#3. Ceviche. Did you know you can cook fish without heat? That’s right. Personally, I prefer my ceviche HOT HOT (as in spicy) but nice and chilled. Making ceviche is about the easiest way to prepare fish. First, you start out with fresh boneless fillets of a mild and flaky fish, preferably yellowtail, or mangrove snapper, or even grunt. Cut them in half inch chunks. Add fresh chopped onions, tomatoes, cilantro, and finely chopped jalapeños or your favorite hot pepper. Drench it with a good layer of fresh lime juice. Add a little salt and pepper to taste and pop it back in the fridge for about an hour. You can watch the fish go from opaque to white as the acids from the lime juice cook the fish. Serve it on a bed of lettuce with some good chewy or crusty bread or crackers. Now you’re talkin! Or is it eatin?
#2 Raw baby! Sushi (nigiri or sashimi). The Japanese know how to do fish. If you are going to eat sushi, it had better be fresh (never frozen). Pull a yellowtail up out of the water, off the hook, fillet it right there, slap some wasabi and soy sauce on it, and you’re eating some of the finest cuisine in the world! I would not ask you to try something I never have. I prefer ahi tuna, white albacore, and salmon for sushi, but yellowtail or any snapper, and yellowfin or bluefin tuna are all excellent choices.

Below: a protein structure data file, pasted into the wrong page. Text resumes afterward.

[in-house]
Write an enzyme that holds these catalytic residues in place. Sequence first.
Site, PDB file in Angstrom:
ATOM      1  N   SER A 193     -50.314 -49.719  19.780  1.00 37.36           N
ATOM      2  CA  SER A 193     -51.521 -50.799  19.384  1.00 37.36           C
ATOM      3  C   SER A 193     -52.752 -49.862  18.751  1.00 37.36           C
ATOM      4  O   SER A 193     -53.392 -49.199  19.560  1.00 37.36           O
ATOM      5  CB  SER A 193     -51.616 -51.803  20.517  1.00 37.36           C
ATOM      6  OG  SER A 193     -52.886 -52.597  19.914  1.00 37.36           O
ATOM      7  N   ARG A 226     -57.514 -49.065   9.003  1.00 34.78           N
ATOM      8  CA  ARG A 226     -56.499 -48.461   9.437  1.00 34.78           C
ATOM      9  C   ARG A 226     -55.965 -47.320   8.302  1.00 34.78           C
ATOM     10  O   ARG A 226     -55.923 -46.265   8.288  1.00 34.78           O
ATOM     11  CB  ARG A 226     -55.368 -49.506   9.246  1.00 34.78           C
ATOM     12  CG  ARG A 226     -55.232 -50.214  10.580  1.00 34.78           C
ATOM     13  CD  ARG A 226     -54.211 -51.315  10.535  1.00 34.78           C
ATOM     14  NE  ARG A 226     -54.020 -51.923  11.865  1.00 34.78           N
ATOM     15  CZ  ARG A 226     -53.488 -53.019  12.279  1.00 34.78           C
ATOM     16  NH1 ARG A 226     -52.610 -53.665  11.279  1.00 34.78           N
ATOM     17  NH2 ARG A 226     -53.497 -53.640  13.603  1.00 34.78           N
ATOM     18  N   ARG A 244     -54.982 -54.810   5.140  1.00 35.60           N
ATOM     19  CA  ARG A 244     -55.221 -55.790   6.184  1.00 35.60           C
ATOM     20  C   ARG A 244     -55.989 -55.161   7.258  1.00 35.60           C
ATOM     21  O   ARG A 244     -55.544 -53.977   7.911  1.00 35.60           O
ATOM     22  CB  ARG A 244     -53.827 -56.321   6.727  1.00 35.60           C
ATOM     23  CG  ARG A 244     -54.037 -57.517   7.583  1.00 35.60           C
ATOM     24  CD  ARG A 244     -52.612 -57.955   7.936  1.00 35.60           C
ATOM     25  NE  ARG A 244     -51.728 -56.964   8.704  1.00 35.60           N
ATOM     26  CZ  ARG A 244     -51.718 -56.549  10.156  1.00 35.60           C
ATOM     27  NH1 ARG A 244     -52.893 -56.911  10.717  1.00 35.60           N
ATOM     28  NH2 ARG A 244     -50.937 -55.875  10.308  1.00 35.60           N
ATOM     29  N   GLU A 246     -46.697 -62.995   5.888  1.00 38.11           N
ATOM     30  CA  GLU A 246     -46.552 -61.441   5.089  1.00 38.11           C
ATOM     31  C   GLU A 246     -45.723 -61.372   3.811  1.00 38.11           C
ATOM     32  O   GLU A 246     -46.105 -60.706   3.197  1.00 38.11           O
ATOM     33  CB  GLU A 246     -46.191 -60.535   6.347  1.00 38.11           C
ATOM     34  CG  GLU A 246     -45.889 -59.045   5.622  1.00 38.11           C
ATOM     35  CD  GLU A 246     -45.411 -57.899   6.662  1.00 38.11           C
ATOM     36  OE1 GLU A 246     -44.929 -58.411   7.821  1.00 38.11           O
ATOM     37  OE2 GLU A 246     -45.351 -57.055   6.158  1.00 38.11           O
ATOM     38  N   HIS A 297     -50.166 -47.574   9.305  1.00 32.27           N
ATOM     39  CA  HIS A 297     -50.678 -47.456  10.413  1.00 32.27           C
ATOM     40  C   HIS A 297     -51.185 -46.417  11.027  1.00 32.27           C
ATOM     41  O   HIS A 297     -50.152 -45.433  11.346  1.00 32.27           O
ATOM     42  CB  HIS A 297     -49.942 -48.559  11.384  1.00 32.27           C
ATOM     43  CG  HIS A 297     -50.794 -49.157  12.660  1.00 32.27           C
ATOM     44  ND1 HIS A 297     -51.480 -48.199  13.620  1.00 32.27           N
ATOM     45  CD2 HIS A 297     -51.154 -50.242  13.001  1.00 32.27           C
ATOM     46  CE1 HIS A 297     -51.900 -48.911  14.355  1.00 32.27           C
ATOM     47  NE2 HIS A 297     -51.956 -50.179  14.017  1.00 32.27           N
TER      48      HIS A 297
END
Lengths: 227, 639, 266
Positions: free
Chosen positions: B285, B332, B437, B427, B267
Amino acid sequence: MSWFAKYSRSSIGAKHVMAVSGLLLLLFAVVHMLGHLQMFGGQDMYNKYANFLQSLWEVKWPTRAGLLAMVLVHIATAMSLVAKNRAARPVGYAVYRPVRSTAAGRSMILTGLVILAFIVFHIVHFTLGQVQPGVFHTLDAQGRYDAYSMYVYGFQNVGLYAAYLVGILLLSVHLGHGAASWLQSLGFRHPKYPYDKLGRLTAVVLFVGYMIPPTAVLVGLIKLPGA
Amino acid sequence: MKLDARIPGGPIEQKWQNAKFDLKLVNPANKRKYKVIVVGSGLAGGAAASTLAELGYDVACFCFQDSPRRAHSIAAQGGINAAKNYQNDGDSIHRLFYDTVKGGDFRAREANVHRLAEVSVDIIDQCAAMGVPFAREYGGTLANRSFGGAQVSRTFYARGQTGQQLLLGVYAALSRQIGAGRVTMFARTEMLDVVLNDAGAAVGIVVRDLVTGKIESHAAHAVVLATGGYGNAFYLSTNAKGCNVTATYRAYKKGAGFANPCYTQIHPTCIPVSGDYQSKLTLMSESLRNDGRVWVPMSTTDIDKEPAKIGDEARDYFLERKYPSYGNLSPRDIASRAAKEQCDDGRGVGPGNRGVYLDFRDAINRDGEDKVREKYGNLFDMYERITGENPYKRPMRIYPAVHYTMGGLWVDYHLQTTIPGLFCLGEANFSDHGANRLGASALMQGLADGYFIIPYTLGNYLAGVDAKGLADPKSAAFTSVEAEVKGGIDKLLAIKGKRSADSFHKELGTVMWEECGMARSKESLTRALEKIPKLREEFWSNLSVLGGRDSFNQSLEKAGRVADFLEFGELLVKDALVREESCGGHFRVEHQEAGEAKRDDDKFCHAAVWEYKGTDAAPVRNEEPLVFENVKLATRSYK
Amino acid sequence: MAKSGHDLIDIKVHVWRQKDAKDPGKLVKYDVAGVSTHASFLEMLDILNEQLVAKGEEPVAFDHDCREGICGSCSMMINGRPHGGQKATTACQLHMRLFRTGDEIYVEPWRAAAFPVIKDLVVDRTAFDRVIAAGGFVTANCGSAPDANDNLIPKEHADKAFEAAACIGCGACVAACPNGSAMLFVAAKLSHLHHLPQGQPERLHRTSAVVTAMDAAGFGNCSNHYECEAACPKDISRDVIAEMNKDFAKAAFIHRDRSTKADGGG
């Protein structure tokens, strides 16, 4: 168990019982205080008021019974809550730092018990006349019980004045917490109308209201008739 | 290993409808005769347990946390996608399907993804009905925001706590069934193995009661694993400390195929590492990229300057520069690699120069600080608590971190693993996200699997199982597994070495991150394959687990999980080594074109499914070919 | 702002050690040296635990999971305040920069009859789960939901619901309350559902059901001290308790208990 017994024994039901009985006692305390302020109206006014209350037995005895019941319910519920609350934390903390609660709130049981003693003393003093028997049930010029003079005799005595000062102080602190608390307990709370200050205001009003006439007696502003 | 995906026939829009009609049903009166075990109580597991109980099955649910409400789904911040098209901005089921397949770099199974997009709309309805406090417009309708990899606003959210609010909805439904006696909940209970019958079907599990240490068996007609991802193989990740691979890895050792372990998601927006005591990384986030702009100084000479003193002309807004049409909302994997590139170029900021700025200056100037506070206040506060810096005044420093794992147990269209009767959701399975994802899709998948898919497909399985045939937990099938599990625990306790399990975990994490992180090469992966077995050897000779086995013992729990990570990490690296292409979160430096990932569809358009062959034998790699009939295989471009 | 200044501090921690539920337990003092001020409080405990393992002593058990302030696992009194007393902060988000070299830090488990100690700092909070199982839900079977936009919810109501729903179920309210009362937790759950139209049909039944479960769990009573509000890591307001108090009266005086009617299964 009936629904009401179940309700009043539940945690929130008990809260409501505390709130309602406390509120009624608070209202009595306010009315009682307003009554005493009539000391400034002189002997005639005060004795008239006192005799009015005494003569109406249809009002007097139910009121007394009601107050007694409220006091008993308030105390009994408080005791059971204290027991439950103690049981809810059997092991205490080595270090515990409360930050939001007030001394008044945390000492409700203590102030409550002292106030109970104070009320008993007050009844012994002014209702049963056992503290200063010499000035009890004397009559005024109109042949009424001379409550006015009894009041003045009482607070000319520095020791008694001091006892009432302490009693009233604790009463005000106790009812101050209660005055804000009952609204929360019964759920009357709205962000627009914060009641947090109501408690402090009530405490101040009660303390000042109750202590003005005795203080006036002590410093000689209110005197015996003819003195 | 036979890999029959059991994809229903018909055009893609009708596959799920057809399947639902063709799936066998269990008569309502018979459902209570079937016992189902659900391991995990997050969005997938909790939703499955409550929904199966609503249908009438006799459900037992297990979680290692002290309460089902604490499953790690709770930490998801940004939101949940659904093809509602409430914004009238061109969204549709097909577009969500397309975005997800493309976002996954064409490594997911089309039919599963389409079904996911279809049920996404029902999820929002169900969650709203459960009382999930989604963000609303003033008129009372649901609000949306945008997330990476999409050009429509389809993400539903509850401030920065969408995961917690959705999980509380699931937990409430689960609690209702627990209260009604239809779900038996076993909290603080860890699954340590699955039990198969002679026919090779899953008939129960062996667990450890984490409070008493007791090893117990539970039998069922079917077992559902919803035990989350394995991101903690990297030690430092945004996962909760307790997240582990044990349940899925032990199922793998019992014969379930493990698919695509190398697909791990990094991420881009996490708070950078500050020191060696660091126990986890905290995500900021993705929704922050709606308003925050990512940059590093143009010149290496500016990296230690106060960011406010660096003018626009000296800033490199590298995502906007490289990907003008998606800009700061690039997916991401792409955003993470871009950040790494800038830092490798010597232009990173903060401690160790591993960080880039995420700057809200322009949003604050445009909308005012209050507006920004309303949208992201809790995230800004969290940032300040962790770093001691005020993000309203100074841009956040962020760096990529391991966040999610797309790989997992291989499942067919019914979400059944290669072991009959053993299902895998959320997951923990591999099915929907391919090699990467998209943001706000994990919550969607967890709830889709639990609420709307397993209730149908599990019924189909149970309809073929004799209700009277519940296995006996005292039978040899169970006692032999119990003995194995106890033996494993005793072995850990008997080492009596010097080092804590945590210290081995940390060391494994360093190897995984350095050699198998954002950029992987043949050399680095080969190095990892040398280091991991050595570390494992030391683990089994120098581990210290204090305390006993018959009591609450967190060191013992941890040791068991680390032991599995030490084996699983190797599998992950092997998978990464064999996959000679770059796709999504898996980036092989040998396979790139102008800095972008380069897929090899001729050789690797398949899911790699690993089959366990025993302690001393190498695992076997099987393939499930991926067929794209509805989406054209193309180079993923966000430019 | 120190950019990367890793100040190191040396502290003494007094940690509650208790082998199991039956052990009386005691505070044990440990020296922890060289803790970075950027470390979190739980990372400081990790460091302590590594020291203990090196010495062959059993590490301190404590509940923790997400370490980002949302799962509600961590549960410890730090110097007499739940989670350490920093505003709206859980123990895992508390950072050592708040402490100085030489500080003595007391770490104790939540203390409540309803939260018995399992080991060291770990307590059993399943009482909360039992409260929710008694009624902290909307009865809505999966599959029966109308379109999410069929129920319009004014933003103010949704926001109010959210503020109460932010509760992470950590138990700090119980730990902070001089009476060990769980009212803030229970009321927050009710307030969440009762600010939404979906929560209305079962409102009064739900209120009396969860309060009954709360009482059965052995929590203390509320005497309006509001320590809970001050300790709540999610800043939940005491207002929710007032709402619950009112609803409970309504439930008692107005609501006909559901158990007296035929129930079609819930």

#1. Taco time. Hands down, the best way to eat fish is with a slice of avocado, some fresh salsa, jack cheese, and sour cream on a warm soft flour tortilla. I have seen recipes where the fish is deep fried, but I prefer it charred on the grill or in the pan with some chipotle, salt, and pepper. Marcela makes some excellent salsa, so I just focus on getting the fish right. Sometimes I like to grill some onions for this tasty treat, almost like fajitas. My fish of choice for tacos or fajitas is good old dolphin/mahi mahi/dorado. Man, you wanna talk about good south Florida food? This is one of the best things about living in So Fla. When I’m out fishing for dolphin, when I see a school, it looks like a bunch of gold and green tacos swimming around in the ocean! If I have my choice, you can keep your fancy little blackened fish sandwiches, or your cute little flounder with lemon butter and capers over linguini. Give me some tacos!